gratefully availed myself of her help. This was the beginning of an acquaintance that ripened into
friendship, and was kept up all through my stay in England and long after. She gave me her
London address, and invited me to dine at her house every Sunday. On special occasions also
she would invite me, help me to conquer my bashfulness, and introduce me to young ladies and
draw me into conversation with them. Particularly marked out for these conversation was a young
lady who stayed with her, and often we would be left entirely alone together.

I found all this very trying at first. I could not start a conversation, nor could I indulge in any
jokes. But she put me in the way. I began to learn; and in course of time looked forward to every
Sunday and came to like the conversations with the young friend.
The old lady went on spreading her net wider every day. She felt interested in our meetings.
Possibly she had her own plans about us.
I was in a quandary. 'How I wish I had told the good lady that I was married!' I said to myself.

'She would then not have thought of an engagement between us. It is, however, never too late to
mend. If I declare the truth, I might yet be saved more misery.' With these thoughts in my mind, I
wrote a letter to her somewhat to this effect:
'Ever since we met at Brighton you have been kind to me. You have taken care of me even as
a mother of her son. You also think that I should get married, and with that view you have been
introducing me to young ladies. Rather than allow matters to go further, I must confess to you that
I have been unworthy of your affection. I should have told you when I began my visits to you that I
was married. I knew that Indian students in England dissembled the fact of their marriage, and I
followed suit. I now see that I should not have done so. I must also add that I was married while
yet a boy, and am the father of a son. I am pained that I should have kept this knowledge from
you so long. But I am glad God has now given me the courage to speak out the truth. Will you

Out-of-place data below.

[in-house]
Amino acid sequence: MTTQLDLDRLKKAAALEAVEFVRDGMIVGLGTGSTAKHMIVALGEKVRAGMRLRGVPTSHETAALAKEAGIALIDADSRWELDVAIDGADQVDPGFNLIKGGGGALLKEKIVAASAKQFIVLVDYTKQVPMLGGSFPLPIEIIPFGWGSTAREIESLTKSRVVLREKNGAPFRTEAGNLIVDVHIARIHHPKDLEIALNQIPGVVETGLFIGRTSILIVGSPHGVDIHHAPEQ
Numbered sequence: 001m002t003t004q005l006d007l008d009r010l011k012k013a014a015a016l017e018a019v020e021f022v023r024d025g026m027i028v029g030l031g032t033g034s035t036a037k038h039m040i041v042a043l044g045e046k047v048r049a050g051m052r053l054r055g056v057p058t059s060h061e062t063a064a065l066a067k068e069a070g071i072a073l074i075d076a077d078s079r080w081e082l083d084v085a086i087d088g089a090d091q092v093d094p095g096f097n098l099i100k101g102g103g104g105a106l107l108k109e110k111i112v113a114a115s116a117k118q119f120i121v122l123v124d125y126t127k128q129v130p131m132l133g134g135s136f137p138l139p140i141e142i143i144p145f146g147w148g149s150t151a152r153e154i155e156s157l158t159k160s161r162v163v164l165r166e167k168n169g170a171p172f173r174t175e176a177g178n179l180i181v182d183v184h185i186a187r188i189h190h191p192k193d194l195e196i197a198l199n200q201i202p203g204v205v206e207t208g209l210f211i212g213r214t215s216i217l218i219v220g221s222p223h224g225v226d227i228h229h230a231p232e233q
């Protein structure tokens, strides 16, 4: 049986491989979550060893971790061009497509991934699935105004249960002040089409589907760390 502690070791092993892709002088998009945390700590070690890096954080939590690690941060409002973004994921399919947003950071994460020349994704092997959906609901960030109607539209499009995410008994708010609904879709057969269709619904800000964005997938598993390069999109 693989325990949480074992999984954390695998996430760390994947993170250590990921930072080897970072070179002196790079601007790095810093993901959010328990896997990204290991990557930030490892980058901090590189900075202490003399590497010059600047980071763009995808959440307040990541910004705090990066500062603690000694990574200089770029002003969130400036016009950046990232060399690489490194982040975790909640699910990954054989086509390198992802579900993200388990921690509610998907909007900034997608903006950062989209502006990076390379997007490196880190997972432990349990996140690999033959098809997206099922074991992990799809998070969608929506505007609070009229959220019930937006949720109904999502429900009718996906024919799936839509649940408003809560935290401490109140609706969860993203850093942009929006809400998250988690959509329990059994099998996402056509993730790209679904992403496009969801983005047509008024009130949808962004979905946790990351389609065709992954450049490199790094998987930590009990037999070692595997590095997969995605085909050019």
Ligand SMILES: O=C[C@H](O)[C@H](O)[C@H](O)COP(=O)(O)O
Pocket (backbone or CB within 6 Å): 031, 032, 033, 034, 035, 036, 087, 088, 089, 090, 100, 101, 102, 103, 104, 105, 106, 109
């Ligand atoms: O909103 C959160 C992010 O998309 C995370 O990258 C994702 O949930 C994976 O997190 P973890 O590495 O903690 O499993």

forgive me? I assure you I have taken no improper liberties with the young lady you were good
enough to introduce to me. I knew my limits. You, not knowing that I was married, naturally
desired that we should be engaged. In order that things should not go beyond the present stage, I
must tell you the truth.

'If on receipt of this, you feel that I have been unworthy of your hospitality, I assure you I shall
not take it amiss. You have laid me under an everlasting debt of gratitude by your kindness and
solicitude. If, after this, you do not reject me but continue to regard me as worthy of your
hospitality, which I will spare no pains to deserve, I shall naturally be happy and count it a further
token of your kindness.'
Let the reader know that I could not have written such a letter in a moment. I must have drafted
and redrafted it many times over. But it lifted a burden that was weighing me down. Almost by
return post came her reply somewhat as follows:
'I have your frank letter. We were both very glad and had a hearty laugh over it. The untruth
you say you have been guilty of is pardonable. But it is well that you have acquainted us with the
real state of things. My invitation still stands, and we shall certainly expect you next Sunday and
look forward to hearing all about your child-marriage and to the pleasure of laughing at your
expense. Need I assure you that our friendship is not in the least affected by this incident?'
I thus purged myself of the canker of untruth, and I never thenceforward hesitated to talk of my
married state wherever necessary.

/1/ One who observes brahmacharya, i.e., complete self-restraint. (See *Chapter 7, Note 2*.)